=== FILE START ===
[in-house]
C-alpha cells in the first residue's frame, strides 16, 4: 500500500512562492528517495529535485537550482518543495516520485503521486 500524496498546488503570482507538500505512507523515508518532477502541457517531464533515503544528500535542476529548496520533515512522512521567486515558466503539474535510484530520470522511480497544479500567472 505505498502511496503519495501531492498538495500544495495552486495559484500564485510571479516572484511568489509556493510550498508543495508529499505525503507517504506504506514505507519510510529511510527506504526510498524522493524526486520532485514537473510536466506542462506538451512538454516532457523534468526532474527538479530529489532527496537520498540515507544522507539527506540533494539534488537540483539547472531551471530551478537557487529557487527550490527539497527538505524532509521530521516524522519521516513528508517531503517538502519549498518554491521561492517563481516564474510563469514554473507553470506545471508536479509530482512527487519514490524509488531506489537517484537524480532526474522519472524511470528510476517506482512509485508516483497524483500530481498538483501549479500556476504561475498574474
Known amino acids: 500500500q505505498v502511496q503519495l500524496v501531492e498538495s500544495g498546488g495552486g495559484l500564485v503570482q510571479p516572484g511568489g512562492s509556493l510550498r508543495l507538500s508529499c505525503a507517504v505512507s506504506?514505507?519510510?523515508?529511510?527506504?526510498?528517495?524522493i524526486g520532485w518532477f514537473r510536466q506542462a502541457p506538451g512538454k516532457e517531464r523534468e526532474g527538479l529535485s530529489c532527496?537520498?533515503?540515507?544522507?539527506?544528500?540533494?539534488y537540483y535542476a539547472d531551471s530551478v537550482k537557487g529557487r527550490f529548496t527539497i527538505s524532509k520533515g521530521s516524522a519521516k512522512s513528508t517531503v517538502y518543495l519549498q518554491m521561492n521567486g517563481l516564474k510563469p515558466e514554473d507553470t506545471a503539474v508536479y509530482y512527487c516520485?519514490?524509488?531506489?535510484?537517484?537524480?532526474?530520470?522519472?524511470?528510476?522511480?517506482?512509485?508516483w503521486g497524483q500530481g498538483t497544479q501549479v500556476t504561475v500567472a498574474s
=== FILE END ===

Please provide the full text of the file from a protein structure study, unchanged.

[in-house]
C-alpha cells in the first residue's frame, strides 16, 4: 500500500512562492528517495529535485537550482518543495516520485503521486 500524496498546488503570482507538500505512507523515508518532477502541457517531464533515503544528500535542476529548496520533515512522512521567486515558466503539474535510484530520470522511480497544479500567472 505505498502511496503519495501531492498538495500544495495552486495559484500564485510571479516572484511568489509556493510550498508543495508529499505525503507517504506504506514505507519510510529511510527506504526510498524522493524526486520532485514537473510536466506542462506538451512538454516532457523534468526532474527538479530529489532527496537520498540515507544522507539527506540533494539534488537540483539547472531551471530551478537557487529557487527550490527539497527538505524532509521530521516524522519521516513528508517531503517538502519549498518554491521561492517563481516564474510563469514554473507553470506545471508536479509530482512527487519514490524509488531506489537517484537524480532526474522519472524511470528510476517506482512509485508516483497524483500530481498538483501549479500556476504561475498574474
Known amino acids: 500500500q505505498v502511496q503519495l500524496v501531492e498538495s500544495g498546488g495552486g495559484l500564485v503570482q510571479p516572484g511568489g512562492s509556493l510550498r508543495l507538500s508529499c505525503a507517504v505512507s506504506?514505507?519510510?523515508?529511510?527506504?526510498?528517495?524522493i524526486g520532485w518532477f514537473r510536466q506542462a502541457p506538451g512538454k516532457e517531464r523534468e526532474g527538479l529535485s530529489c532527496?537520498?533515503?540515507?544522507?539527506?544528500?540533494?539534488y537540483y535542476a539547472d531551471s530551478v537550482k537557487g529557487r527550490f529548496t527539497i527538505s524532509k520533515g521530521s516524522a519521516k512522512s513528508t517531503v517538502y518543495l519549498q518554491m521561492n521567486g517563481l516564474k510563469p515558466e514554473d507553470t506545471a503539474v508536479y509530482y512527487c516520485?519514490?524509488?531506489?535510484?537517484?537524480?532526474?530520470?522519472?524511470?528510476?522511480?517506482?512509485?508516483w503521486g497524483q500530481g498538483t497544479q501549479v500556476t504561475v500567472a498574474s